A friend of my family has a son in junior high school. He is an intelligent, kind boy who has Asperger's. His biggest problem isn't his shyness or his trouble with social cues. It certainly isn't some inherent inability to form meaningful human relationships. No, his biggest problem, by far, is that many people treat him like garbage because he's noticeably different from most kids. People are cruel enough to him as it is; I shudder to think what his life would be like if, on top of that, the other kids in his school were up-to-date on the malicious stereotypes people like Brooks propagates.

My own youth was unpleasant. But there was one small mercy- though I was certainly viewed with contempt by the people around me, I didn't have to grow up in a society that considered me some sort of dangerous monster, devoid of human feeling and incapable of love or meaningful emotional connections. The next generation of children with Asperger's, I fear, will grow up being told precisely that about themselves by the culture at large, on top of all the other difficulties associated with being different.

I was one of the lucky ones, in many respects. Not all kids with Asperger's were, or are, as fortunate as me. How many innocent young people have killed themselves, or otherwise had their lives shattered, because of the way they were treated? How many more in generations to come will suffer that fate, living in the society that people like Brooks are creating- a society that openly condemns and despises them for what they were born as?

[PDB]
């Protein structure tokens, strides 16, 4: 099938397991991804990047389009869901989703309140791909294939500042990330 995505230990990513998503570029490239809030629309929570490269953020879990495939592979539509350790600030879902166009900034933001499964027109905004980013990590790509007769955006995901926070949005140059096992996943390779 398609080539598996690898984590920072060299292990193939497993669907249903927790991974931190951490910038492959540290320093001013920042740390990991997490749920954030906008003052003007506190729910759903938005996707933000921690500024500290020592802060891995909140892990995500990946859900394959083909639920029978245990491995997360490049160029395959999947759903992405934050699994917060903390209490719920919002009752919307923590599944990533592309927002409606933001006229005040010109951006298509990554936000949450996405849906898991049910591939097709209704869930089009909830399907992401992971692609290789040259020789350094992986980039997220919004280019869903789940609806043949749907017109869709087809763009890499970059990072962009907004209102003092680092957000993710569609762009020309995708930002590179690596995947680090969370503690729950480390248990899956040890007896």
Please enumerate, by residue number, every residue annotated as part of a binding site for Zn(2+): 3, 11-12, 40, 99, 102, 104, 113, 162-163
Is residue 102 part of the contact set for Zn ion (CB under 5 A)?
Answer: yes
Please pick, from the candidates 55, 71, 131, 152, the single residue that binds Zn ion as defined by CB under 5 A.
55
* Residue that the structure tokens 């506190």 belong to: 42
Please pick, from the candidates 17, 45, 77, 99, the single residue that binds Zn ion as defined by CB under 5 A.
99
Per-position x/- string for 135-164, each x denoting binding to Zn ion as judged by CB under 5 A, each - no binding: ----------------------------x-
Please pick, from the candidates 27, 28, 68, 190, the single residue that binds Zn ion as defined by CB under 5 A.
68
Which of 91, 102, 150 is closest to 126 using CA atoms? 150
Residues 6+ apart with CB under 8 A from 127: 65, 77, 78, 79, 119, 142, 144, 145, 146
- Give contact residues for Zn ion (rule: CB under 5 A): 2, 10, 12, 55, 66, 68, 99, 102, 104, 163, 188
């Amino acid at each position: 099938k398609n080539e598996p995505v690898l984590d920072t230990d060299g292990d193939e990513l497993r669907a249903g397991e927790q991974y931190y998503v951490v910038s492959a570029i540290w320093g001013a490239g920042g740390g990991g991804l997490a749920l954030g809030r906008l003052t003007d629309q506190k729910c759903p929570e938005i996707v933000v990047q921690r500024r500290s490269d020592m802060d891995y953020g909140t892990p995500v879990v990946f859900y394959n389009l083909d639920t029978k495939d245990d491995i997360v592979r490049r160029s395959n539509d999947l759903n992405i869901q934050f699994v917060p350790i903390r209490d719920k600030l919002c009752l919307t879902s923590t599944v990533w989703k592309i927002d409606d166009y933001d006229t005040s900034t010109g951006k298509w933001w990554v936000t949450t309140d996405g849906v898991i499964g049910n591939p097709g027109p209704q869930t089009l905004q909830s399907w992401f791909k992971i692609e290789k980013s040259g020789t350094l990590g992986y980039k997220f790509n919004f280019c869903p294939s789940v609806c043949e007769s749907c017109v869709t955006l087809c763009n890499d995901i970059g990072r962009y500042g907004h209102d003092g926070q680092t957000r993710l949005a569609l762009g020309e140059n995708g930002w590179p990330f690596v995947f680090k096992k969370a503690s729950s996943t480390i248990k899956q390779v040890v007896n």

My reaction to this may seem extreme, especially since Brooks was probably just using the term to sound smart. I’m not terribly interested in his intent; whether he’s viciously slandering hundreds of thousands of innocent people out of outright malice or merely depraved indifference is not terribly important. The reason I care so much is because Asperger’s is penetrating deeper and deeper into the public consciousness every year, and it can make a big difference to the way people are treated if the average person’s first encounter with it is being told by some jackass like Brooks that people who have it are soulless monsters devoid of human sentiment.

Frankly, I suspect that I am fighting for a lost cause. Brooks is merely one drop of water in an oncoming wave, albeit an unusually prominent one, and the deep-rooted assumptions of our culture mean that the cause of acceptance is at a deep disadvantage before the contest even begins. But, hell, I write a libertarian blog, so it’s not as if hopeless battles are a novel experience. Still, if someone you care about has an autistic spectrum disorder, and you don’t consider that person innately evil, please consider sending an e-mail to Brooks or the Times and letting them know.

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Sunday, March 09, 2008

Thoughts on William F. Buckley

Much has been said, both good and bad, about William F. Buckley since his death. While I don’t mean to minimize his very real and serious faults, I would like to talk about the positive effect he had on me, personally.